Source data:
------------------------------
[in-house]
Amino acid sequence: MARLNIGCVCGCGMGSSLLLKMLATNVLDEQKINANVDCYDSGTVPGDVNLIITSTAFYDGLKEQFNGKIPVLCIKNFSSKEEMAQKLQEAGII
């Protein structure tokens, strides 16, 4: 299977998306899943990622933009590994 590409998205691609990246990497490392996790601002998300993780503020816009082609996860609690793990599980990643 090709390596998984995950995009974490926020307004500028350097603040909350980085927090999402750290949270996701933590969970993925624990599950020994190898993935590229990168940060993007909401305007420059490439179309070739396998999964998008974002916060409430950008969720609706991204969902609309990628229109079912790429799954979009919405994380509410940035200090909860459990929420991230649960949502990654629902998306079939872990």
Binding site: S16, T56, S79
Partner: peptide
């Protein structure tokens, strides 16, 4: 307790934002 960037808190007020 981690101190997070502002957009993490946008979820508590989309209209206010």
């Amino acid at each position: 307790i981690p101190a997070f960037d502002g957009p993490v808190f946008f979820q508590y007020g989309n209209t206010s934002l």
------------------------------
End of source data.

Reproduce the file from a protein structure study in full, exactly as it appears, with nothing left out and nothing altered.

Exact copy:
[in-house]
Amino acid sequence: MARLNIGCVCGCGMGSSLLLKMLATNVLDEQKINANVDCYDSGTVPGDVNLIITSTAFYDGLKEQFNGKIPVLCIKNFSSKEEMAQKLQEAGII
């Protein structure tokens, strides 16, 4: 299977998306899943990622933009590994 590409998205691609990246990497490392996790601002998300993780503020816009082609996860609690793990599980990643 090709390596998984995950995009974490926020307004500028350097603040909350980085927090999402750290949270996701933590969970993925624990599950020994190898993935590229990168940060993007909401305007420059490439179309070739396998999964998008974002916060409430950008969720609706991204969902609309990628229109079912790429799954979009919405994380509410940035200090909860459990929420991230649960949502990654629902998306079939872990």
Binding site: S16, T56, S79
Partner: peptide
């Protein structure tokens, strides 16, 4: 307790934002 960037808190007020 981690101190997070502002957009993490946008979820508590989309209209206010």
């Amino acid at each position: 307790i981690p101190a997070f960037d502002g957009p993490v808190f946008f979820q508590y007020g989309n209209t206010s934002l």